Feature

Searching for distant signals

A handful of fast radio bursts have astronomers puzzling over their origin, and looking for more

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3:55pm, July 25, 2014
Parkes Radio Telescope

SNATCHING SIGNALS  Most of the fast radio bursts seen to date have been recorded by the Parkes Radio Telescope in New South Wales, Australia.

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Duncan Lorimer wasn’t looking for an eruption of radio waves from another galaxy. He and his student David Narkevic were mining old data from Australia’s Parkes Radio Telescope for oddly behaving pulsars, the rapidly spinning cores of dead massive stars. Instead, they found a strange burst of radio noise recorded in 2001 that appeared to originate well beyond one of the satellite galaxies that orbit the Milky Way.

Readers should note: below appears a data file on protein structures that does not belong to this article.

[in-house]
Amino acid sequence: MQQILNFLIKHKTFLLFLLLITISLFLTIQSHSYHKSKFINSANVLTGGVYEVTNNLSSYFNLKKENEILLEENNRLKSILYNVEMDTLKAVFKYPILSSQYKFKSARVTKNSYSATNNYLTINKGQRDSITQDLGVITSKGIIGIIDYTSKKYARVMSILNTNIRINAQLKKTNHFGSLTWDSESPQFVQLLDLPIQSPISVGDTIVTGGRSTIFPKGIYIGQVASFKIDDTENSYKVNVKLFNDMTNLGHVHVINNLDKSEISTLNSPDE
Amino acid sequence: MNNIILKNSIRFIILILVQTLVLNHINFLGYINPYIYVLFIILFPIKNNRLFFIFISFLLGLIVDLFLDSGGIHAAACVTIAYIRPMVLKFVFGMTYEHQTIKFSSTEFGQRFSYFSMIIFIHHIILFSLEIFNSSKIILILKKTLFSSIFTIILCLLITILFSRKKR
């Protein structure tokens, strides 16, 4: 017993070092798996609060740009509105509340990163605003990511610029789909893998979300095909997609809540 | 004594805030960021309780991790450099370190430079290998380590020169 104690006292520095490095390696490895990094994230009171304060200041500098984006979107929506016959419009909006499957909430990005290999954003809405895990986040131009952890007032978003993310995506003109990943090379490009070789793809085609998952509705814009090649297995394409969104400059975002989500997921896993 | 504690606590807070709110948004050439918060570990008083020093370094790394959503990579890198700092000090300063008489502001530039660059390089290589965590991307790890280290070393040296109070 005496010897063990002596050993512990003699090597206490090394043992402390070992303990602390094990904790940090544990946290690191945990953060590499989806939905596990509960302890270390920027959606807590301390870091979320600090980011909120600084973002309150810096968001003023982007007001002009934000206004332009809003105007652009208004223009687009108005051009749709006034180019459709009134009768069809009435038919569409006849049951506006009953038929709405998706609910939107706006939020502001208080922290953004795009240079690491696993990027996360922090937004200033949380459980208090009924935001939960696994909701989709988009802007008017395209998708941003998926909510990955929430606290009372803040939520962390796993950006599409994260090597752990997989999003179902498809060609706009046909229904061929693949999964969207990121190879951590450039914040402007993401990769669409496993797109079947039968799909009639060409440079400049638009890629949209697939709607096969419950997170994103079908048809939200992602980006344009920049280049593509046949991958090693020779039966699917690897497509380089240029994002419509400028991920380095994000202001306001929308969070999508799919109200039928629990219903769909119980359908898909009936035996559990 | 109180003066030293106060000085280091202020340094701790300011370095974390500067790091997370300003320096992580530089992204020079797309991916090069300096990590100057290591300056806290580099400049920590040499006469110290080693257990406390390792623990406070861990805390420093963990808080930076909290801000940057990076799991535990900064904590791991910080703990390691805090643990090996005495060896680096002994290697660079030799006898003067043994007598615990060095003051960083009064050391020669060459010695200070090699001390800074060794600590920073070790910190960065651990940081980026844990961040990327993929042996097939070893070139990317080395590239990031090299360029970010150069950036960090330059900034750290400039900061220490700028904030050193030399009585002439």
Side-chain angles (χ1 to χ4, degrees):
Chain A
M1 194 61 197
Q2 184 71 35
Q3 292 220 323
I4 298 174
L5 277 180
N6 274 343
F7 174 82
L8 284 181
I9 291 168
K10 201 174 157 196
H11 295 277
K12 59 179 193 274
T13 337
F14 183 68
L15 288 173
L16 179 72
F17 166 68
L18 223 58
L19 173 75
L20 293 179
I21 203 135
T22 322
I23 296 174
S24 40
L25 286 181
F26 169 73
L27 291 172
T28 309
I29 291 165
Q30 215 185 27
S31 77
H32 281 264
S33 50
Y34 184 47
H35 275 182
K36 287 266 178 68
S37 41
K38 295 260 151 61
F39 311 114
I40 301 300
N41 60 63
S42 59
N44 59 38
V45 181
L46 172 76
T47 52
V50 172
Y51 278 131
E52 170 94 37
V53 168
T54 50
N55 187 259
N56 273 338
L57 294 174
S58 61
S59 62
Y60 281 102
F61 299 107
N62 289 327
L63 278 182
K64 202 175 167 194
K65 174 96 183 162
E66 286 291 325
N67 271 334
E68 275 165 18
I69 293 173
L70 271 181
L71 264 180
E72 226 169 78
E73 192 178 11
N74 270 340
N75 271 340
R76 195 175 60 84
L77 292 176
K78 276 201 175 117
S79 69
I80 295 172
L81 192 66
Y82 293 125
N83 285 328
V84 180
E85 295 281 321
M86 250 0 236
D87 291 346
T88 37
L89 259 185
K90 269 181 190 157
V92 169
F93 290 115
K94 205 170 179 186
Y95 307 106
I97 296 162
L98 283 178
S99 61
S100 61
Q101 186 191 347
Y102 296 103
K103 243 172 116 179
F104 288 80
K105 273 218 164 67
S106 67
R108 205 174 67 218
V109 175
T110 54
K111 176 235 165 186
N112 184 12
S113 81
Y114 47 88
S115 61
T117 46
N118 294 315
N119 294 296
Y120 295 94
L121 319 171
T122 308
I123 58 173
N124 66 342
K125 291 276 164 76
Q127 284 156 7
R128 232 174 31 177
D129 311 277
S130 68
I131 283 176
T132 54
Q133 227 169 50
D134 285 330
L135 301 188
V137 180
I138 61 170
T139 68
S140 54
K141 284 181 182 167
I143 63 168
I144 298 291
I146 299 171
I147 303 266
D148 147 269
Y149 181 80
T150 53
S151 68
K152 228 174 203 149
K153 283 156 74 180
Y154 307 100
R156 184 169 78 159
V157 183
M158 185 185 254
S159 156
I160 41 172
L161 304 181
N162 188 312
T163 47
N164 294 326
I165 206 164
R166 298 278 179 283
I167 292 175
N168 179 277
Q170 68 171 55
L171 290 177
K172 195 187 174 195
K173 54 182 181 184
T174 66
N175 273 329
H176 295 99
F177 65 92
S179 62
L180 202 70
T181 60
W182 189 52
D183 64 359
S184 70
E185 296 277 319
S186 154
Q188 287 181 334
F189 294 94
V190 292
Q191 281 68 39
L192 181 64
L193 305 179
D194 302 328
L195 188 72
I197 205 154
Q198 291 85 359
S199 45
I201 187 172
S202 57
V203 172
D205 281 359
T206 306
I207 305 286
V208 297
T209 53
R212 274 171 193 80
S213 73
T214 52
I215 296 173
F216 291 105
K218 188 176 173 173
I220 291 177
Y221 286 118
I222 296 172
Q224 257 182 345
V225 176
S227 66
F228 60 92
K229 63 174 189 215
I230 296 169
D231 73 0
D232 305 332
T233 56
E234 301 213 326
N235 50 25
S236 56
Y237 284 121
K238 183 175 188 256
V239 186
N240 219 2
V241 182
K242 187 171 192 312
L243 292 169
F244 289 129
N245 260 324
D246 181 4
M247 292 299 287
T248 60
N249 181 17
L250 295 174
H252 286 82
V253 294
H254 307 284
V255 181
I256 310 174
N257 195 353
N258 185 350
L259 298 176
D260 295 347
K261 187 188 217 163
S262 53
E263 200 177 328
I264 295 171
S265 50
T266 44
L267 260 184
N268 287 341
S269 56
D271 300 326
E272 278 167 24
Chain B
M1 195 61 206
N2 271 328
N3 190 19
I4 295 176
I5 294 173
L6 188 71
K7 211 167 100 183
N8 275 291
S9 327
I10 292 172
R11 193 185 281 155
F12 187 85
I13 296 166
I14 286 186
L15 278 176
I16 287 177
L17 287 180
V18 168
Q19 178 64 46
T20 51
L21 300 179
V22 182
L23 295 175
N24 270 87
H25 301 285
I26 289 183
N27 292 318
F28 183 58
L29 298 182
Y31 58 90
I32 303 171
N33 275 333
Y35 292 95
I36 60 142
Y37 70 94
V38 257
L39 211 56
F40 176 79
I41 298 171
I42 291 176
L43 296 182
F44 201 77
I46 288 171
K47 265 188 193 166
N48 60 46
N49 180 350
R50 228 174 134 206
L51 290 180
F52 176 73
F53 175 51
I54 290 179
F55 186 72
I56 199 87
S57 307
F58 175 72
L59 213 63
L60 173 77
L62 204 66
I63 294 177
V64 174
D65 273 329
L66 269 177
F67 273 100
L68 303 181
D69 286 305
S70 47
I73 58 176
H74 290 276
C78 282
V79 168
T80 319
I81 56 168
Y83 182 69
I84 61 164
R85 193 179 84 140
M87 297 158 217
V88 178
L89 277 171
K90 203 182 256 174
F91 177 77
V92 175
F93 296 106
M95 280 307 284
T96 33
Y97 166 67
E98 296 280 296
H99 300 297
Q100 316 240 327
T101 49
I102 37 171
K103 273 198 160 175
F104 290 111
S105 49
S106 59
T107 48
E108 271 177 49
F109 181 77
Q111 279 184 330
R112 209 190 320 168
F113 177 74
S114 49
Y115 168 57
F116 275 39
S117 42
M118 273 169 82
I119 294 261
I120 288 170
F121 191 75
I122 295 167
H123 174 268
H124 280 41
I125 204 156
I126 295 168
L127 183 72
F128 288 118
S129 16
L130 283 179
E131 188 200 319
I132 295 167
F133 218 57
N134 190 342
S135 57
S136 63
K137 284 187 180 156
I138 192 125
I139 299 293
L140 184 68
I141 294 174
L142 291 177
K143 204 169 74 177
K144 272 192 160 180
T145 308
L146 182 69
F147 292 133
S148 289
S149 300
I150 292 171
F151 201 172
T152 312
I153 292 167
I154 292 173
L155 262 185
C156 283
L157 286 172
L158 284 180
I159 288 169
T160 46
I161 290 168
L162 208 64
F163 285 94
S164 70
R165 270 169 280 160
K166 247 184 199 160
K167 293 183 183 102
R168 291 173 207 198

The signal was so intense that it briefly overwhelmed the telescope. “It took me a while to come to terms with it,” says Lorimer, an astrophysicist at West Virginia University in Morgantown. “I knew it was unusual, but I just wasn’t able to grasp the whole gravity of the situation.” In 2007, Lorimer wrote in Science that the burst “represents an entirely new phenomenon.”

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